The Vanishing Of Ethan Carter
The Astronauts’ handsome debut begins with an attention-grabbing contrivance that’s cheap, but undeniably effective. As you take your first steps through peaceful, picturesque woodland, you’ll hear a loud wooden creak and thump as you trigger a spiked trap. Soon after, you’ll almost blunder into another, and another. The metaphor may be a little on the nose – danger lies beneath this seemingly tranquil surface – but it serves as a reminder to be watchful, and also to unsettle you for the rest of the game.
There’s another message here: tread carefully, and take your time. Despite the presence of a run button, Red Creek Valley is a setting to be lingered over, its sumptuous environments rich in detail and atmosphere, lit by a permanent, hazy, low-hanging sun. You’ll stride across an old railway bridge and then gaze out in both directions, looking up at the craggy hills, then peering down onto a beautiful calm lake next to a formidable dam, your finger hovering over F12, Steam’s screenshot shortcut, all the while.
It’s at once real and unreal, evoking a powerful sense of place. Neglected and vacated, this is a world haunted by the spectres of its former inhabitants, a world of cracked paint, weather-beaten masonry, dust and rust. Stony, leaf-ridden paths wind their way past a church on a hill that would look imposing if it wasn’t so pitiful, while a nearby cemetery is more sorrowful than scary. As extraordinary as the texture detail is, this is no mere technical showcase; instead, each meticulously crafted inch of scenery helps to tell a story, adding background colour to the game’s central mystery.
The noir-tinged voiceover of Paul Prospero sets the tone as he looks into the disappearance of the titular youngster. Prospero is a supernatural investigator in every sense – not only because the paranormal is his speciality, or because he uses occult powers to dip into the past, but also in the way he effortlessly glides over the ground (though even he is occasionally thwarted by the odd invisible wall). Regardless, as in any good mystery, he soon discovers he’s in for more than he bargained for, stumbling across a pair of bloody severed legs and then, shortly afterward, their former owner.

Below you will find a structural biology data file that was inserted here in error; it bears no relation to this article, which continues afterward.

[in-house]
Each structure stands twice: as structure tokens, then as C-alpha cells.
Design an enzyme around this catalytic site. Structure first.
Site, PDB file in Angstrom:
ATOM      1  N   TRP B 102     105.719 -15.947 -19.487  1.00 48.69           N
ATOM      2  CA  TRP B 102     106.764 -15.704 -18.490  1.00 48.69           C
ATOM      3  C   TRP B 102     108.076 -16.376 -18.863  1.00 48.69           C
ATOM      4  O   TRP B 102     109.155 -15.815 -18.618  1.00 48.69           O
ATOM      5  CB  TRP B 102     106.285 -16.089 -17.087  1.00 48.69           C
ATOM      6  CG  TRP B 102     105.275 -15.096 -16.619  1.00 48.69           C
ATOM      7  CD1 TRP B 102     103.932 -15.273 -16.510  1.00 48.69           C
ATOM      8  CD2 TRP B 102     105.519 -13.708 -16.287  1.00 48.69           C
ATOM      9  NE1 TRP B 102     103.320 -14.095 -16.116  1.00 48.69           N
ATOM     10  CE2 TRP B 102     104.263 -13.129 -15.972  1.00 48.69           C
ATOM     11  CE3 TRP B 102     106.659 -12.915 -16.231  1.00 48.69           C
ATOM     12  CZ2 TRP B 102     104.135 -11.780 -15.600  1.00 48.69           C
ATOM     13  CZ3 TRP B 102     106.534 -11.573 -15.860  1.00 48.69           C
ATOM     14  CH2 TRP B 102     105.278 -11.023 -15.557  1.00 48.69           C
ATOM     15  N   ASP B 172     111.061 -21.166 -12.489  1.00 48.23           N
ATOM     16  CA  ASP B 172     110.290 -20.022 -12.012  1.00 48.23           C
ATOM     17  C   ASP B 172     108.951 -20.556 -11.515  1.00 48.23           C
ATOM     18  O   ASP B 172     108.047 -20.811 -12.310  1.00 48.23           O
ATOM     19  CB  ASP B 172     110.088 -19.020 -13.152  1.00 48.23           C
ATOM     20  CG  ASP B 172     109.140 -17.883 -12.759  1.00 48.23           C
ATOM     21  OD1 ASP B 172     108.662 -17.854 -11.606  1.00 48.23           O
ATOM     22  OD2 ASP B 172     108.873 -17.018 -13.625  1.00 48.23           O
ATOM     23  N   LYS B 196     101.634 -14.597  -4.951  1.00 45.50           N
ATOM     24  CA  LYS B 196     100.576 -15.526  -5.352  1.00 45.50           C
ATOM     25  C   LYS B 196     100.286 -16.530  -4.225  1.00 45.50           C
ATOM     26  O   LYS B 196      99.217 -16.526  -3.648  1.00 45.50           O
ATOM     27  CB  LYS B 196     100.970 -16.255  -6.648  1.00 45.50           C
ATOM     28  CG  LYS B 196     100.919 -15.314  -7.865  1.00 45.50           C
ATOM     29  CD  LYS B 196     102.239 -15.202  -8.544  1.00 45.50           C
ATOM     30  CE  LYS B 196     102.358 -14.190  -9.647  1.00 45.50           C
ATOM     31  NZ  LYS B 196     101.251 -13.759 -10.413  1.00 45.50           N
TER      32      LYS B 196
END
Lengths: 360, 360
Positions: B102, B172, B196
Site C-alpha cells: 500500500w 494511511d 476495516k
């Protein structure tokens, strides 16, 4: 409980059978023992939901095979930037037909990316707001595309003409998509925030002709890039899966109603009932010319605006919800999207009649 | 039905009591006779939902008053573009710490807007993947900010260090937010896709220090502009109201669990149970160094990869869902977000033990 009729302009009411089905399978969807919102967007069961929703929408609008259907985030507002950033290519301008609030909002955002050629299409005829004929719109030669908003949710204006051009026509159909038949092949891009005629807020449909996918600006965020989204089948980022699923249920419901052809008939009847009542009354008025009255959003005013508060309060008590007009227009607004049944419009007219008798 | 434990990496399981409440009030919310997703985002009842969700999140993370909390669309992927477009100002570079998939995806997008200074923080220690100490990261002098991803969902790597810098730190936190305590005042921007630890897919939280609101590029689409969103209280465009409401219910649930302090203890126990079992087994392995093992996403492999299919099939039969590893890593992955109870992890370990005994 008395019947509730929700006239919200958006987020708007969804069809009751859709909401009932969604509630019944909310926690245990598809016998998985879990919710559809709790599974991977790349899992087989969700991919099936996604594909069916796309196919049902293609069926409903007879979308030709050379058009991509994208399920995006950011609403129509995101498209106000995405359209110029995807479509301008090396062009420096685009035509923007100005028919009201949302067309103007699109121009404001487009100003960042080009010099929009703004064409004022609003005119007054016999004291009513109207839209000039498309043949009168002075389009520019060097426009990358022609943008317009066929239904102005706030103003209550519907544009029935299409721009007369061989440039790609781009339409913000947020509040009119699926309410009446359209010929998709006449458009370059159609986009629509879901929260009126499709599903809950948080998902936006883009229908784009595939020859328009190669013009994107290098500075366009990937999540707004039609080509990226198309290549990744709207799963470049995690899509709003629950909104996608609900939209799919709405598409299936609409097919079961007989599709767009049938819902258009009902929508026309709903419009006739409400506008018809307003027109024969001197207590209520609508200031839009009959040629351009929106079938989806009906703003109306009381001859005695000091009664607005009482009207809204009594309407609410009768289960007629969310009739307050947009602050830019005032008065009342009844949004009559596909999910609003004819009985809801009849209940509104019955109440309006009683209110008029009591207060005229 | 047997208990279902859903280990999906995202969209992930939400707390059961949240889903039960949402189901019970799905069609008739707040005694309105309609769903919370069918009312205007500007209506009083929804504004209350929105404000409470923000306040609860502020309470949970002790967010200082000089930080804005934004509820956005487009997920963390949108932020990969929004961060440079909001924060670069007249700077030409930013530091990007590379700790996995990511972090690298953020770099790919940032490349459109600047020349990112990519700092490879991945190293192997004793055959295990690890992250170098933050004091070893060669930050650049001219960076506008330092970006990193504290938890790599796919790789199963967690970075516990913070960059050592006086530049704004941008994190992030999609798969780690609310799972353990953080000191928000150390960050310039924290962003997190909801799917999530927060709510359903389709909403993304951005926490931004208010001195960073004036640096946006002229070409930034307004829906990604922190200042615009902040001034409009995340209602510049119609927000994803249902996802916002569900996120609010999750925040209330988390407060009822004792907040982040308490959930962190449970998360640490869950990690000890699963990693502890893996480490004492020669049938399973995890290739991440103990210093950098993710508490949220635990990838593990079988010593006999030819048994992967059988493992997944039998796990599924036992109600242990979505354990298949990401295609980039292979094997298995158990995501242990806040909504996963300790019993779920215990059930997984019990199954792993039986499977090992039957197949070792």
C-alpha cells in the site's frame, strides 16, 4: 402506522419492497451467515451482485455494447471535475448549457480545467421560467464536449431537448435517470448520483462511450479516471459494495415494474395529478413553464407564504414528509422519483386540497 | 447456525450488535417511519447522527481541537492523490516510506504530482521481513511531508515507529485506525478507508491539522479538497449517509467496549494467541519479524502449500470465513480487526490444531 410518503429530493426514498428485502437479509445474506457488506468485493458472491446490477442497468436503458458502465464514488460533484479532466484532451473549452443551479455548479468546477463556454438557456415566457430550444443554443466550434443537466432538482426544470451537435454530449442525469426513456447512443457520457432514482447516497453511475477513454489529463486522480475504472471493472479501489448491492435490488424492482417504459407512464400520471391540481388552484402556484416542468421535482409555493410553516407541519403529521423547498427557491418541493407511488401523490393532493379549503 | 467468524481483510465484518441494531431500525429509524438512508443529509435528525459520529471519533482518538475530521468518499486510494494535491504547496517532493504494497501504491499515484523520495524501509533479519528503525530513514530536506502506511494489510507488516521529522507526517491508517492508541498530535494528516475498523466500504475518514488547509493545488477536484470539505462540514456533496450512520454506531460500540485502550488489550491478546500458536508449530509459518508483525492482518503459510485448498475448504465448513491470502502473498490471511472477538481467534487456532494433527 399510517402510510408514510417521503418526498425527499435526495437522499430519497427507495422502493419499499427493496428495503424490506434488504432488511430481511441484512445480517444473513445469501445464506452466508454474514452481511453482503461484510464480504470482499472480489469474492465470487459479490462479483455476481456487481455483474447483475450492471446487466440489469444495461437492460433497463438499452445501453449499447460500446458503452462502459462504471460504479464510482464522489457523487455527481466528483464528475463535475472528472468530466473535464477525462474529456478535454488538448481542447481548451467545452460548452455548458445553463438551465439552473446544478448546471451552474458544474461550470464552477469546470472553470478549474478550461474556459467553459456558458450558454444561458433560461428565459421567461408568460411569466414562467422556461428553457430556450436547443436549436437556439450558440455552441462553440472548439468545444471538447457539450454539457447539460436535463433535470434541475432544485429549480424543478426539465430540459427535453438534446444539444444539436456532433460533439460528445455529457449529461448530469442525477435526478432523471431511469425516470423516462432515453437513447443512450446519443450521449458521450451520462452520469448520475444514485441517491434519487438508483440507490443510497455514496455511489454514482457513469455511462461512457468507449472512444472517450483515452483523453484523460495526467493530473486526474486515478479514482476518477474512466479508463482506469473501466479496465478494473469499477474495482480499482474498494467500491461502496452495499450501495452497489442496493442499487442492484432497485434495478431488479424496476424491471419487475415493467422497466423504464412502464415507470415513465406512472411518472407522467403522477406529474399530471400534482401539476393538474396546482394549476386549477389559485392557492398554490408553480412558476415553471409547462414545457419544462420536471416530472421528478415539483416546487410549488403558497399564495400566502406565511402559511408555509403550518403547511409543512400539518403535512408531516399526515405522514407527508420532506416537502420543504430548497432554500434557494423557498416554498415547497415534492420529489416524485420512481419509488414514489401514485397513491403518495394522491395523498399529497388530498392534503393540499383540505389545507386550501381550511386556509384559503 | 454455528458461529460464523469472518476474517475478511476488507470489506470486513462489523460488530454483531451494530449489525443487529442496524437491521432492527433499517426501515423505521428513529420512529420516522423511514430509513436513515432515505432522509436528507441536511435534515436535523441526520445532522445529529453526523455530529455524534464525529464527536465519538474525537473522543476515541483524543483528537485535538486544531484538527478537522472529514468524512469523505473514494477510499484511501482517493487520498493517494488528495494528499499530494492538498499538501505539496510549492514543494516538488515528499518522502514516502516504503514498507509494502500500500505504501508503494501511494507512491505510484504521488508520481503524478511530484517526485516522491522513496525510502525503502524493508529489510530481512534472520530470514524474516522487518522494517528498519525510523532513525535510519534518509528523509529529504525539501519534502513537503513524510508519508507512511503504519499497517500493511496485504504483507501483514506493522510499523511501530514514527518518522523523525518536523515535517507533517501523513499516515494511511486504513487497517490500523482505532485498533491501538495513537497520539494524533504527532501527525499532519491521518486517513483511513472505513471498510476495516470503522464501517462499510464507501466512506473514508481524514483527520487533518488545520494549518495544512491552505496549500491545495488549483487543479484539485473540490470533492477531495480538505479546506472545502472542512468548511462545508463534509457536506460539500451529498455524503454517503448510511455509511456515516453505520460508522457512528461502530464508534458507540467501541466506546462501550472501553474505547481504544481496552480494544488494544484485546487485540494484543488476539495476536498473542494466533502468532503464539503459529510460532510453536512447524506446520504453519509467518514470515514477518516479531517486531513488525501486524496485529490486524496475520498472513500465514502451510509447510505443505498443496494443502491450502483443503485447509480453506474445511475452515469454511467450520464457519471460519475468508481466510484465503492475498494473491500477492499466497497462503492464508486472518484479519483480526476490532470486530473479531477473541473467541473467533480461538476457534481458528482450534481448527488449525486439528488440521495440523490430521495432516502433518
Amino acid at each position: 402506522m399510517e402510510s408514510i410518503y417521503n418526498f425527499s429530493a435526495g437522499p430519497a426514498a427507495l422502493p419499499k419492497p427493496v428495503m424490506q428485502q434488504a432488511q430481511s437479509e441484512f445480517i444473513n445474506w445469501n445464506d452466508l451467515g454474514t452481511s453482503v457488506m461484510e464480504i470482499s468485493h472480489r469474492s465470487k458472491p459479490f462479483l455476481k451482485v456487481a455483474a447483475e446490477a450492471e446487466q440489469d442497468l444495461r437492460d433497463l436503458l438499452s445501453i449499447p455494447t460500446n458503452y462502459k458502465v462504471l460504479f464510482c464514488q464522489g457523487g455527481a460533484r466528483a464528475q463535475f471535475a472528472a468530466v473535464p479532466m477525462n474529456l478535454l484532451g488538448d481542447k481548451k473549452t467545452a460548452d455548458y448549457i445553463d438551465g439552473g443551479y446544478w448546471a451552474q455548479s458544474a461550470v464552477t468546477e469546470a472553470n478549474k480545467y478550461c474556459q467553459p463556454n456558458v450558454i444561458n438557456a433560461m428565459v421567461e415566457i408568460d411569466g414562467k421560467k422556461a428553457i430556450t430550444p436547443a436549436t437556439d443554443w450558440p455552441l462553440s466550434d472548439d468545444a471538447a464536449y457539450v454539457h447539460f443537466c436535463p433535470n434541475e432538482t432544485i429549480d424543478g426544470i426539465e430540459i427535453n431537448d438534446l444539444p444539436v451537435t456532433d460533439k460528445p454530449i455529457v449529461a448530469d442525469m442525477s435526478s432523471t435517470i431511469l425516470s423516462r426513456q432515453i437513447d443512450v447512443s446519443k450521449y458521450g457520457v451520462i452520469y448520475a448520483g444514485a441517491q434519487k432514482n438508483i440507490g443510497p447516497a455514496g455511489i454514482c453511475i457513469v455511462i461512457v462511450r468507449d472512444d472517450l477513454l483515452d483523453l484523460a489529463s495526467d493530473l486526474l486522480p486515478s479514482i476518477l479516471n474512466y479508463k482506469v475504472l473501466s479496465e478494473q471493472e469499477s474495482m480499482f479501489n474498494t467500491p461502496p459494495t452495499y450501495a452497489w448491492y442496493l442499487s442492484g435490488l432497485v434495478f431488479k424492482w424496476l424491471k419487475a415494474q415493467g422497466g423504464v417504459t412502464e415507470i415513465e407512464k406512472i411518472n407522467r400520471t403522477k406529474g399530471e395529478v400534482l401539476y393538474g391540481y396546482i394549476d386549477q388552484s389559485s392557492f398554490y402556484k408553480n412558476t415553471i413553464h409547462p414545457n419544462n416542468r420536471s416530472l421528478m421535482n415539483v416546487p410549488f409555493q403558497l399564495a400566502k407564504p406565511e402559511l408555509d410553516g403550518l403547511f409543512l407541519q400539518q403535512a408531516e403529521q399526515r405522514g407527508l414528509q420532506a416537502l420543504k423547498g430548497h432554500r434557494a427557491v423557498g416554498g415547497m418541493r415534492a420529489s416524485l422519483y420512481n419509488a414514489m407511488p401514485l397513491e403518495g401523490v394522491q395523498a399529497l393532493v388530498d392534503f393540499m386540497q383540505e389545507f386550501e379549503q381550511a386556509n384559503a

It’s the first of a series of vignettes that you must piece together by examining key items in the vicinity, highlighted by text overlays, until you find something missing from the scene. This prompts a swirl of words as Prospero guesses the nature of the absent item; you’ll need to move around until the noise quietens and the words merge. One button press or mouse click later, and you’re not only shown roughly where to go, but given a glimpse of the object’s precise location. A pre-game message proudly states The Vanishing Of Ethan Carter isn’t going to hold your hand, and that may be true, but it’s sometimes happy to grab your shoulders, spin you around and point you in the right direction.
Once everything has been returned to its original position, you’re left to recreate the chronology of the associated incident. Nearby you’ll find several images, which you’re invited to arrange into the correct order by assigning each a number. Although solving the puzzle is an enjoyable process in and of itself, it’s an idea that quite never stops feeling discordant. With most of the real deduction done for you by Prospero, it’s not so much about solving a mystery as having to complete a trial-and-error puzzle before you can enjoy the next chapter of the story. It could barely be more jarring if accompanied by a flashing sign bearing the legend, “Here comes the game part.” Much more successful are the small discoveries elsewhere that take you further into Ethan Carter’s dysfunctional world and that of his increasingly troubled family. There’s a puzzle that will have most players scrabbling to find a notebook and pen, and a bravura early-game fantasy sequence that at first seems entirely inappropriate, but makes sense in light of later revelations – and, besides, it’s an absolute joy. These vivid sparks of imagination illuminate a game that could otherwise have been a little too unrelentingly grim, its narrative spiralling towards something truly sinister; it’s a dark and unpleasant (albeit superbly written) tale with a strong, haunting Lovecraftian flavour. It’s all supported by an expertly judged nondiegetic soundtrack, a significant presence, but one that’s suggestive rather than intrusive, and knows when to fade into the background and let the sounds of nature take over, making rare silences all the more unnerving.
And if most of the detective work is done by Prospero on your behalf, the rest of the mystery is yours to unpick as you see fit. The devil, as ever, is buried in those finer details, and while the ending seems open to interpretation, one reading explains away so many apparent incongruities as to feel all but definitive. There is, however, a notable misstep in the closing stretch – a roadblock just ahead of the finish that demands you backtrack to find anything significant you might have missed. Red Creek Valley might not be the largest sandbox you’ve ever seen, but it’s quite a trek from one end to the other; time, at last, for Prospero to break into a sprint.
Regardless, this is a classy, inventive adventure with an absorbing story. Come for the textures, stay for the subtext: The Vanishing Of Ethan Carter’s picturepostcard views make Red Creek Valley an appealing place to explore, but for all the visual memories stored away in your screenshot folder, it’s what lies beneath that will stay with you. By turns melancholic and menacing, tender and raw, The Astronauts’ debut is a powerfully evocative journey that just so happens to take in extraordinary views along the way.